What happens next?

As PCCs take up their positions today Peter Walker says the key question is “What happens next?”

When senior officers in the Japanese Navy were planning the attack on Pearl harbour, one of them told a briefing “This will give us naval supremacy in the western Pacific for 18 months.” Admiral Yamamoto is said to have responded “What happens next?”

As history shows, what did happen was that the United States waged total warfare with all the rage and might the most developed economy in the world could muster and the Japanese nation lay devastated five years later.

It is for this reason I have been discussing “What happens next” with many people over the past few months and a few days ago an analysis of the impact at Home Office level has been published on Conservative Home. However, I had also said to Sam a more localised version might help individual PCC's – if they have time to read his Blog anymore!

One of the greatest frustrations for police officers and I suspect Commissioners will initially share this) is the complete lack of understanding the vast majority of the public have of the complexities of their job. In my short and unspectacular political career (I unsuccessfully applied to be the Conservative candidate in North Yorkshire) I regularly asked people how many police officers they thought were on duty in their area at night. That I never received a correct answer was unsurprising, but communities thinking that more police are on duty by a factor of at least ten – which was their consistent response – is a misapprehension that creates a matrix of ill-informed judgements about what level of service can be provided.

One could give dozens of similar examples, including the time consumed in dealing with people who are mentally ill, the anti social behaviour caused by Labour extending drinking hours across the country without a thought as to the impact this would have on emergency services, the challenges of meeting national obligations to provide assistance in times of crisis, or working across force boundaries to disrupt and deter Organised Crime. Delivering criminal justice is a complex enterprise and to be blunt, many people just don't know that.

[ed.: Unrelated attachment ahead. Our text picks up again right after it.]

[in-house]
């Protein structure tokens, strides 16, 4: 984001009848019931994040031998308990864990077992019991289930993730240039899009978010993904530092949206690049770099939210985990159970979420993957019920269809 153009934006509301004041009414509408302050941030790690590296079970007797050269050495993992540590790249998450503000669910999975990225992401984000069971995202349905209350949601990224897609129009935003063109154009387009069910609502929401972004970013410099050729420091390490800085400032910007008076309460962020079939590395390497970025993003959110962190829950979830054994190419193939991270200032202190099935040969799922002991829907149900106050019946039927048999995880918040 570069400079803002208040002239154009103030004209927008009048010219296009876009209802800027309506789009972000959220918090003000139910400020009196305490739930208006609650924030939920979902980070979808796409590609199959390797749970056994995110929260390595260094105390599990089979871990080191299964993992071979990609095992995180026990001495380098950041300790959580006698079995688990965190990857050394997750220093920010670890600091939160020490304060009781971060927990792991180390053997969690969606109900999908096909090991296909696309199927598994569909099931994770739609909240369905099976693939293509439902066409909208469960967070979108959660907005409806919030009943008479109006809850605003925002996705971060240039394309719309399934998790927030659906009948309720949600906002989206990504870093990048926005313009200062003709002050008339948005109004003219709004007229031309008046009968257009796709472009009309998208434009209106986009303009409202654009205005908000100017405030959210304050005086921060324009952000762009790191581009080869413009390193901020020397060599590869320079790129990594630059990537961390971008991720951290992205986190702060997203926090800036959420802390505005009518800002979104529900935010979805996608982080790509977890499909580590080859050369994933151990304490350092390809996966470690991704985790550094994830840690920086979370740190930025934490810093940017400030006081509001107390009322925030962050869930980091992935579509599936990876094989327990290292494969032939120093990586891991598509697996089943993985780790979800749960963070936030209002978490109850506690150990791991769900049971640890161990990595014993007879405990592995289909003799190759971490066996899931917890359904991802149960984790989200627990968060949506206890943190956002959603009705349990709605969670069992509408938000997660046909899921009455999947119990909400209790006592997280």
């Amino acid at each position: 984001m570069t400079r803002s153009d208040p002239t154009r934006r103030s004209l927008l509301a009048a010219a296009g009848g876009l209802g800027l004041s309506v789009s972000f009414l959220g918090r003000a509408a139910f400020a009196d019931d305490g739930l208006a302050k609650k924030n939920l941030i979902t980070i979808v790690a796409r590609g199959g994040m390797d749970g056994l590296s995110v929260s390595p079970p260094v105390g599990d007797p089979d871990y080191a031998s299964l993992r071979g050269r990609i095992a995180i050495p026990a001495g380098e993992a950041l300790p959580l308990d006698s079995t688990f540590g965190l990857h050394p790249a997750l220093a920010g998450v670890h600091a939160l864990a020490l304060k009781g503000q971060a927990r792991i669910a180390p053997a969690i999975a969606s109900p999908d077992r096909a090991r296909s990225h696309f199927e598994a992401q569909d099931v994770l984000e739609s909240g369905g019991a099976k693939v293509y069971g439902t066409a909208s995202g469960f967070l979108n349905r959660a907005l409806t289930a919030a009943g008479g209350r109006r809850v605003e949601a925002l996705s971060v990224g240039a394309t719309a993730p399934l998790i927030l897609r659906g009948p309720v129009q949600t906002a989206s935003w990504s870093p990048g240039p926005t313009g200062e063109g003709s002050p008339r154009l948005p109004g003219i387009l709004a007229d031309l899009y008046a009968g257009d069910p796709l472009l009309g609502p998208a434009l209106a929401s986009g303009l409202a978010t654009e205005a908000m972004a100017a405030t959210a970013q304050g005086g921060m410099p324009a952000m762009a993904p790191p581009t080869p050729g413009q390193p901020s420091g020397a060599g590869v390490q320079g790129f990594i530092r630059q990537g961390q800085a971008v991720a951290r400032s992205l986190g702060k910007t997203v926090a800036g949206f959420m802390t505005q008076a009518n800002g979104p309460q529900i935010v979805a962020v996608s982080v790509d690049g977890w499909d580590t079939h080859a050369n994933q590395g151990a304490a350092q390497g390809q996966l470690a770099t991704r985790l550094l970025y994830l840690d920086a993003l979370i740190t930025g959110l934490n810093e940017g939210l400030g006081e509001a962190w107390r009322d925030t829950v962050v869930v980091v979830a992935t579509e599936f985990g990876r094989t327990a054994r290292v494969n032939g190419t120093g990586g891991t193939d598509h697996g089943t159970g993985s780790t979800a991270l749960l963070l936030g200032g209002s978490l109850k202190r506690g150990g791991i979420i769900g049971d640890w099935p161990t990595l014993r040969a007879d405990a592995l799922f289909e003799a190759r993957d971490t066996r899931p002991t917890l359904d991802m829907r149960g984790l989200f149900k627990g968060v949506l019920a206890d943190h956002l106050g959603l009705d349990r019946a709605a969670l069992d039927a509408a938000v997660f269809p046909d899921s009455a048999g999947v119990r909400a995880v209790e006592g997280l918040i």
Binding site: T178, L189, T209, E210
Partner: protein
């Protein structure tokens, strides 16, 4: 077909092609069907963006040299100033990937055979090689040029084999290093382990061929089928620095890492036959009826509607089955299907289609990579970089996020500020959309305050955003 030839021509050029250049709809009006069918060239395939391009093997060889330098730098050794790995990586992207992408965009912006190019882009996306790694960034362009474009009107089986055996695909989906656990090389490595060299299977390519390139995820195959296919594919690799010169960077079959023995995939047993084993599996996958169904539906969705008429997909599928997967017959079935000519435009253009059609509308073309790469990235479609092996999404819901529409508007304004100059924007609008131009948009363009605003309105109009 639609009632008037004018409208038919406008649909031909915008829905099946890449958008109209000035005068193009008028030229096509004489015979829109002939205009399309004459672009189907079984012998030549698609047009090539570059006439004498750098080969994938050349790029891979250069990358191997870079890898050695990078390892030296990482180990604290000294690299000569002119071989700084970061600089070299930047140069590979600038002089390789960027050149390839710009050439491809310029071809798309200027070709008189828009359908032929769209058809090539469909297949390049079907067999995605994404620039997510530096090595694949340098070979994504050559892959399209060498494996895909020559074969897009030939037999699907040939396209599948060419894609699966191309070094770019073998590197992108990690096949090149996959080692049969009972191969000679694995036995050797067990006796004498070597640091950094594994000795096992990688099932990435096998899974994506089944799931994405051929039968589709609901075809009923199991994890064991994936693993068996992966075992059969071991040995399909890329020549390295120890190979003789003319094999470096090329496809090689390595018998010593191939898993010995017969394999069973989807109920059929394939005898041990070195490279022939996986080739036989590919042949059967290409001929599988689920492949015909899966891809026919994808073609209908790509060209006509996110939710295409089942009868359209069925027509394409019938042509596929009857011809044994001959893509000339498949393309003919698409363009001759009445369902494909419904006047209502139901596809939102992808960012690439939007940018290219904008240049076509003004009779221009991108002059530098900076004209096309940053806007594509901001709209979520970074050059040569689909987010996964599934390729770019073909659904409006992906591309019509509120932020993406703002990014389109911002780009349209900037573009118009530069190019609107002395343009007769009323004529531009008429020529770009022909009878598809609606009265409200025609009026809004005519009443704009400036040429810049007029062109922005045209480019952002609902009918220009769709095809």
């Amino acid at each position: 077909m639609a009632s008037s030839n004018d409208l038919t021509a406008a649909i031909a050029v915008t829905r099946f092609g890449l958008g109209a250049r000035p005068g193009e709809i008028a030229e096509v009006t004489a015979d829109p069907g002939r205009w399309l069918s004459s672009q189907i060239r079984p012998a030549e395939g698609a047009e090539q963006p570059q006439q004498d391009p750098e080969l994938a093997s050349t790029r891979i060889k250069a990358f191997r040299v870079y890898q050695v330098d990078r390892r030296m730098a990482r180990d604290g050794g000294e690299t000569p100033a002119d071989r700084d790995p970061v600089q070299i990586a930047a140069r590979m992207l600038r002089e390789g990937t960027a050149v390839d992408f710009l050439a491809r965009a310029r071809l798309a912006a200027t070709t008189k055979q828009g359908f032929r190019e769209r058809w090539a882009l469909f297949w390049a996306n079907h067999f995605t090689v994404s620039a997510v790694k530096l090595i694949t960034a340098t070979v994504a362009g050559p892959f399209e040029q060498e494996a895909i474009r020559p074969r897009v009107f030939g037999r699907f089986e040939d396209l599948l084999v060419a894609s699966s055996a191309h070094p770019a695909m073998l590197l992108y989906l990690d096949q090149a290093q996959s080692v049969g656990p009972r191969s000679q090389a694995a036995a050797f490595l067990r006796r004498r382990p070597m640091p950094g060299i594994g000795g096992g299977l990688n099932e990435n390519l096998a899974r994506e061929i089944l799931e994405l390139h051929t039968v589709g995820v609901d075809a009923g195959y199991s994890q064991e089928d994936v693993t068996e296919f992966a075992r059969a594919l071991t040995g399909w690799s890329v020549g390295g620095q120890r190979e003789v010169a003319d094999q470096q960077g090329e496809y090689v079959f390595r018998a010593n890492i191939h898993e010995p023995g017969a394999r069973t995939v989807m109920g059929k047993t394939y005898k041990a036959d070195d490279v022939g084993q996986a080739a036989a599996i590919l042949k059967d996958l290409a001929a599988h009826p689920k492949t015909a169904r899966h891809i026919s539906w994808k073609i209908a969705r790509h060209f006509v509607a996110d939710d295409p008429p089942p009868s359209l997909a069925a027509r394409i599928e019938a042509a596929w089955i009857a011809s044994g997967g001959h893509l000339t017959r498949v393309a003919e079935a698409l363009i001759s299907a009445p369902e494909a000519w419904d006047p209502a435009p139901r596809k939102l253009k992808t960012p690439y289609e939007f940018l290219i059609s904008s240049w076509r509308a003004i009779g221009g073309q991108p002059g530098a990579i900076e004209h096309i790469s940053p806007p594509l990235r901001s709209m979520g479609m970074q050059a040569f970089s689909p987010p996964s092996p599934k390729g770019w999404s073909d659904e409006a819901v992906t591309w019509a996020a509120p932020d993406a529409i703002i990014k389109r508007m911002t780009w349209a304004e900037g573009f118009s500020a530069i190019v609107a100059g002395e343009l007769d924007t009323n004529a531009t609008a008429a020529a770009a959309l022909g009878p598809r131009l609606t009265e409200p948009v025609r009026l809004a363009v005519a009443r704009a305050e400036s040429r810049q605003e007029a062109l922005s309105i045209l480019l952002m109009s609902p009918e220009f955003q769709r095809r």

This is why locally elected Commissioners are so important. As you get to grips with these complexities, you will be able to really assist your communities and the standing of your Commission within them.

Rather than seventeen people who never really engaged with the public, cost a fortune and most importantly, levied taxes without having to subject them to a test at the ballot box, one person has the responsibility for determining priorities on behalf of their community, arranging for the money to be in place to deliver them and who, in a few months, will have to justify to that community what the Council Tax precept will be. It is they who will be able to explain to communities what the demands on the force are, how they are dealing with them and what help they need from the public and other agencies to do so.

Here's a prediction. The normal distribution curve will apply to the success of individual Commissioners, regardless of their political party.

Some will simply not be up to the job – they will have been fortunate to be selected in politically “safe” areas, not had their policies tested in the campaign (which has nothing to do with their campaigning ability but will provide for an interesting first meeting with the Chief Constable), they may lack the strategic skills for the post or not have the personal resilience required for the constant criticism they may well face. They will answer this by trying to blame the Government for lack of money.

The second group will “get by”, but make no real difference. The same old processes, with their accompanying bureaucracy will continue. Crime may continue to fall, but in spite of, rather than because, the Commissioner holds office. Few changes will take place in the staff inherited from the Police Authority. Partnership working will provide employment for people who go to meetings for a living. Expect heat, but not light, from these areas, accompanied by bleating about resources.

In the third group of force areas, we will see changes to working practices, some curtailment of the massive cost of sickness, greater visibility of patrolling officers, coherent approaches to victims. We will read about success in the newspapers, not just the recycling of the same old “initiatives”. Partnerships will be developing. Crime will be falling, public satisfaction genuinely rising, victims coming forward because they have confidence in the system. Expect to see other forces copying what is being done.